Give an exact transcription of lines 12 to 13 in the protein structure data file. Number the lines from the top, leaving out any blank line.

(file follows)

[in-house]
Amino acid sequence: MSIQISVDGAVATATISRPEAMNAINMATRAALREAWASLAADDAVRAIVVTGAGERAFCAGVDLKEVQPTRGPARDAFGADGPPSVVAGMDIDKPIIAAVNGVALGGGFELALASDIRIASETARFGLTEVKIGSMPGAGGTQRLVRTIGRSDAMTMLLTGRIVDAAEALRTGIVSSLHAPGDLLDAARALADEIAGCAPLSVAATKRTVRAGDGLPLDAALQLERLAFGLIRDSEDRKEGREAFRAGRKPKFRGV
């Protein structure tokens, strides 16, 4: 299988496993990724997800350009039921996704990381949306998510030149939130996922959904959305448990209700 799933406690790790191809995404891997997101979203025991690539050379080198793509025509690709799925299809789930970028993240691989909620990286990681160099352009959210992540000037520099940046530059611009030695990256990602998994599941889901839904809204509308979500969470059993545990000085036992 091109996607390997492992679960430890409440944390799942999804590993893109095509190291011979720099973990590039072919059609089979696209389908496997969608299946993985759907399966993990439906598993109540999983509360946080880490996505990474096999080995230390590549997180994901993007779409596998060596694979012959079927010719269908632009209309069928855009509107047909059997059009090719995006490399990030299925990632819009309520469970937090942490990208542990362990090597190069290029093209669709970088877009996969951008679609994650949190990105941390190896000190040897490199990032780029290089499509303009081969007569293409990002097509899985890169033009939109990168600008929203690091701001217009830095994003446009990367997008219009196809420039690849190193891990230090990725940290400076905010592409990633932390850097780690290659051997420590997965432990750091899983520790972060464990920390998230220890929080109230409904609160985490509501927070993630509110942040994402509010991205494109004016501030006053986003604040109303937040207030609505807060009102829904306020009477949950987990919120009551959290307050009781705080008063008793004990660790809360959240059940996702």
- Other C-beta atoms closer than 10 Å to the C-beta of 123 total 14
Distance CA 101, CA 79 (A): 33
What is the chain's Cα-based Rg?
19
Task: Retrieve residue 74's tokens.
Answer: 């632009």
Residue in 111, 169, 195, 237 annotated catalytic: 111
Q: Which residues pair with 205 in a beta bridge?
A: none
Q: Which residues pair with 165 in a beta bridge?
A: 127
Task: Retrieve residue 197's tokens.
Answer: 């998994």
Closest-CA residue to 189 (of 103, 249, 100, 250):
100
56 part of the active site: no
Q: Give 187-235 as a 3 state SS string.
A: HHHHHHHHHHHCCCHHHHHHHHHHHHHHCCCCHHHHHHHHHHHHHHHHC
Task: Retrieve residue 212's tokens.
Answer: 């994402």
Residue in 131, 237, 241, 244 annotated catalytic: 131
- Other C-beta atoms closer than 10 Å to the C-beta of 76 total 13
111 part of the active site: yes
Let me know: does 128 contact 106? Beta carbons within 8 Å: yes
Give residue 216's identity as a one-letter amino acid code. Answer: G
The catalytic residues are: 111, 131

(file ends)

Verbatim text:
A: none
Q: Which residues pair with 165 in a beta bridge?